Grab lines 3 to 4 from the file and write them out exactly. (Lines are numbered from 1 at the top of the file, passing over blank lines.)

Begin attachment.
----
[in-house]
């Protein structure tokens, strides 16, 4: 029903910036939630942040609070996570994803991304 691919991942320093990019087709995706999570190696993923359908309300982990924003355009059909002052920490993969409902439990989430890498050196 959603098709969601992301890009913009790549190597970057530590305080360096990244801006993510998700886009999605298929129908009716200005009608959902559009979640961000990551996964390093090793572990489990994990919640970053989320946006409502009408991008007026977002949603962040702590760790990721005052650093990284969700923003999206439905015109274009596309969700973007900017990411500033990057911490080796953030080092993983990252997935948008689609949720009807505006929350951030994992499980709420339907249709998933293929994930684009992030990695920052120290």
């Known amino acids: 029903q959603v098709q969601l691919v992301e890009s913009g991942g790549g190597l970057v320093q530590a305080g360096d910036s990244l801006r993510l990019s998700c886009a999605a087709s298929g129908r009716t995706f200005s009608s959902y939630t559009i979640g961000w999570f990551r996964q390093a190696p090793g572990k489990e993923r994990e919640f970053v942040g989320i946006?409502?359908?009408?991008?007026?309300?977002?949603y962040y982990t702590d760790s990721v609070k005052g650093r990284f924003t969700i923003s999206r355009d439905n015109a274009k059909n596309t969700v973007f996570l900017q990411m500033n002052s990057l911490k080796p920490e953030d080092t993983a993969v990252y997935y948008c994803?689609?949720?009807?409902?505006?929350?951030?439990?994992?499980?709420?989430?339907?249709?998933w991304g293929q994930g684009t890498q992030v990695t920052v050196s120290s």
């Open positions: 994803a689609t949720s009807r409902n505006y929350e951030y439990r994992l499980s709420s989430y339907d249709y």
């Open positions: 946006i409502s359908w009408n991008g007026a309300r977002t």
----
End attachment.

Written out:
């Known amino acids: 029903q959603v098709q969601l691919v992301e890009s913009g991942g790549g190597l970057v320093q530590a305080g360096d910036s990244l801006r993510l990019s998700c886009a999605a087709s298929g129908r009716t995706f200005s009608s959902y939630t559009i979640g961000w999570f990551r996964q390093a190696p090793g572990k489990e993923r994990e919640f970053v942040g989320i946006?409502?359908?009408?991008?007026?309300?977002?949603y962040y982990t702590d760790s990721v609070k005052g650093r990284f924003t969700i923003s999206r355009d439905n015109a274009k059909n596309t969700v973007f996570l900017q990411m500033n002052s990057l911490k080796p920490e953030d080092t993983a993969v990252y997935y948008c994803?689609?949720?009807?409902?505006?929350?951030?439990?994992?499980?709420?989430?339907?249709?998933w991304g293929q994930g684009t890498q992030v990695t920052v050196s120290s």
């Open positions: 994803a689609t949720s009807r409902n505006y929350e951030y439990r994992l499980s709420s989430y339907d249709y």